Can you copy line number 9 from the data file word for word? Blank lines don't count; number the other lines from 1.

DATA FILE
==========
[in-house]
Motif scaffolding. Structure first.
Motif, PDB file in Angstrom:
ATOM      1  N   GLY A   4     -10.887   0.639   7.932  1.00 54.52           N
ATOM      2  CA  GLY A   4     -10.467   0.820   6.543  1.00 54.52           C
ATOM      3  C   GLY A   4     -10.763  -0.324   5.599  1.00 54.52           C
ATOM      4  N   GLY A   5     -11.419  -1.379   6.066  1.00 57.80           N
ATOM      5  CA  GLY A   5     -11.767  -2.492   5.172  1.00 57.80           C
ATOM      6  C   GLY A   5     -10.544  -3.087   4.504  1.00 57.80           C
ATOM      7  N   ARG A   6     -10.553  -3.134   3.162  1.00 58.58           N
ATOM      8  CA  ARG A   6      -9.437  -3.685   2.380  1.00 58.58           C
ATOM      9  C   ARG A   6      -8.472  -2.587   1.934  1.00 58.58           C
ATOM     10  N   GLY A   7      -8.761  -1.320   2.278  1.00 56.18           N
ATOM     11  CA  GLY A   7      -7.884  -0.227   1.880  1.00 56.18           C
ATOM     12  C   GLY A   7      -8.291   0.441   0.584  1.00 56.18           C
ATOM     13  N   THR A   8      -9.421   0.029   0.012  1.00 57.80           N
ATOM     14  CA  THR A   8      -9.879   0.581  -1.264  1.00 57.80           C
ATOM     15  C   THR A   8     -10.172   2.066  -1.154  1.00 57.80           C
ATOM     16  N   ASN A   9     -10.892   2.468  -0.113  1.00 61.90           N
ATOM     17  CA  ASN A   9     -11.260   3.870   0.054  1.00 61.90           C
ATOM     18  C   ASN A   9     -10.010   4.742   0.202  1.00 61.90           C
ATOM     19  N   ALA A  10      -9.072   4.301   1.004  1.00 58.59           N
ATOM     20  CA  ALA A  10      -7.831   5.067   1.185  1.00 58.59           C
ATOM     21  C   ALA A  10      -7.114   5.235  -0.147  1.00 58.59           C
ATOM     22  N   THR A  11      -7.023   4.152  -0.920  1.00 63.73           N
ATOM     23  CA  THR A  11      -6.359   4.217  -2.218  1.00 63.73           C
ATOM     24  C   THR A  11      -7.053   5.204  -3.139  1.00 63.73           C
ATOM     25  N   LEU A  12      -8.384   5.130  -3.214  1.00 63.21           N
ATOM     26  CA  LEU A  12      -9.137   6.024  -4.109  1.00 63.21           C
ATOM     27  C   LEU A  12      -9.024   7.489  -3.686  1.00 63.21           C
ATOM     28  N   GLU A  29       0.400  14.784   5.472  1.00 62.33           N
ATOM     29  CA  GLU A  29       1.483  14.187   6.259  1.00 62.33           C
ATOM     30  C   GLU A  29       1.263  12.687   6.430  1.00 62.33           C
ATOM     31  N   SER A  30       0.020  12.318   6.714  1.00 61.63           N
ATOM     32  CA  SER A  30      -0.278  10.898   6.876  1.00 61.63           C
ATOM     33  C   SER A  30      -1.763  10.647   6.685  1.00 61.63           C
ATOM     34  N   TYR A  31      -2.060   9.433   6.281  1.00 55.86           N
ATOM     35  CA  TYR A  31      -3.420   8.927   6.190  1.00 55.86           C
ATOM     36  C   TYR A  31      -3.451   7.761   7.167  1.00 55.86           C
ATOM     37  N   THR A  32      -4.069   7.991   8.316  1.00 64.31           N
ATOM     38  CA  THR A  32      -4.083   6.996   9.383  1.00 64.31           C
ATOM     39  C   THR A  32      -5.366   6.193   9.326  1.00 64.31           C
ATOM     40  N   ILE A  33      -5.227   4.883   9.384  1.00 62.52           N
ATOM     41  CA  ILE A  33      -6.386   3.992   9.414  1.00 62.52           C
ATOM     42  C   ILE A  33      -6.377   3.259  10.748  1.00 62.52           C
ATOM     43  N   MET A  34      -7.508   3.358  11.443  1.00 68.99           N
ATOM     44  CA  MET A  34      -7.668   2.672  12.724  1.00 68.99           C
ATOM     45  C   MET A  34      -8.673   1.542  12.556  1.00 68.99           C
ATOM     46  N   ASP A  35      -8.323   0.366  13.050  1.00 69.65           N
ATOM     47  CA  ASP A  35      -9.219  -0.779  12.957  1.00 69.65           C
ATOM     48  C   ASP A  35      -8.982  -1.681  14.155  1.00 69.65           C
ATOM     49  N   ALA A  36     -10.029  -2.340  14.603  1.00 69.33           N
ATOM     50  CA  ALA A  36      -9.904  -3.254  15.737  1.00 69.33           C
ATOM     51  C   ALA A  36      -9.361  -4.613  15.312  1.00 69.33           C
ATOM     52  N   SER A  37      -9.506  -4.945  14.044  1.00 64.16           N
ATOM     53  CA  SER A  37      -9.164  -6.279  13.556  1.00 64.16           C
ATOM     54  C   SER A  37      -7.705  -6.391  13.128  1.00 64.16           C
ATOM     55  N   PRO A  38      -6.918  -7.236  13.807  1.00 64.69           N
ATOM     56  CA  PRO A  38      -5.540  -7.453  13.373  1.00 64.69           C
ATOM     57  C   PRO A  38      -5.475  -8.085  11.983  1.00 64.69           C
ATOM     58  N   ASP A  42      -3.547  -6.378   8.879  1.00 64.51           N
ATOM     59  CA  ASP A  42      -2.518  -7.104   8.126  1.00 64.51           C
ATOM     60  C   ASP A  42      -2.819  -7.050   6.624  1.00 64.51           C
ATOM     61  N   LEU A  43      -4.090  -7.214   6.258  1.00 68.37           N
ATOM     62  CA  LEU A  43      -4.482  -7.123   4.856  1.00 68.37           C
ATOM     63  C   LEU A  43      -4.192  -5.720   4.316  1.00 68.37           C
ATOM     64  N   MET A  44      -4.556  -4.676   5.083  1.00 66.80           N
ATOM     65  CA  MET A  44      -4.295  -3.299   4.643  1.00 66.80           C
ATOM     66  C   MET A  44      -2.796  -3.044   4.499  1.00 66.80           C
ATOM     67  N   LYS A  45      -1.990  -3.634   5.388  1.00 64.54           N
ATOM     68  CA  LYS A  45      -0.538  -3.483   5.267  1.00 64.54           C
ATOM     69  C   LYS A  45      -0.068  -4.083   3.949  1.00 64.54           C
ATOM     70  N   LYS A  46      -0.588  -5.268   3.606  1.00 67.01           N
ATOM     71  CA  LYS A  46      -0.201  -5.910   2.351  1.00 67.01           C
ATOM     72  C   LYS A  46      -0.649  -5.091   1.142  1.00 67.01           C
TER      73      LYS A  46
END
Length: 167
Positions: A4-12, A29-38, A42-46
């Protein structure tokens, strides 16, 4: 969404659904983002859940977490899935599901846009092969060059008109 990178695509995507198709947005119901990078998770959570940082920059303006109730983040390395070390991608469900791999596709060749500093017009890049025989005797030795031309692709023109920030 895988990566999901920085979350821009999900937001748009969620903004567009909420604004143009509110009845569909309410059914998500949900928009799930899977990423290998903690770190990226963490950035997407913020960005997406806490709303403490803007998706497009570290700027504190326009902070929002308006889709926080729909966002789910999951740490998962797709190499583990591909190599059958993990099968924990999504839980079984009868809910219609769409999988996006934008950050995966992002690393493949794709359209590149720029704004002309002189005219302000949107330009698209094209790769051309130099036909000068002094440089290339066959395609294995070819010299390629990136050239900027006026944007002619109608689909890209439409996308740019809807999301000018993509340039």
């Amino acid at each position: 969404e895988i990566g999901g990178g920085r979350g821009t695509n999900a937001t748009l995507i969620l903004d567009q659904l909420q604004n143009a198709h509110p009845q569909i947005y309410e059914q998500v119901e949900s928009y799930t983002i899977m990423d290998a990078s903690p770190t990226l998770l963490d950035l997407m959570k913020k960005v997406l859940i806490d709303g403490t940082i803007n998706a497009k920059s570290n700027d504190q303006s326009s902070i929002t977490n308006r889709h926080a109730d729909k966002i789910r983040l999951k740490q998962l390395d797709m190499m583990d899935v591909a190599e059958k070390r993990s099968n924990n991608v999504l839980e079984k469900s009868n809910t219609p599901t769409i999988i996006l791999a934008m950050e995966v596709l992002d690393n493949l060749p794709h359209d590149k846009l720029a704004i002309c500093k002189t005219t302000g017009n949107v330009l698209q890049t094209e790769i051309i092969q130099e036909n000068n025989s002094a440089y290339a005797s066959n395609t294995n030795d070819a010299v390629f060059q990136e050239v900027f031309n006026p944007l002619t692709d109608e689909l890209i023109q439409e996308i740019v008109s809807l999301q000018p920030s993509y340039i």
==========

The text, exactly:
ATOM      6  C   GLY A   5     -10.544  -3.087   4.504  1.00 57.80           C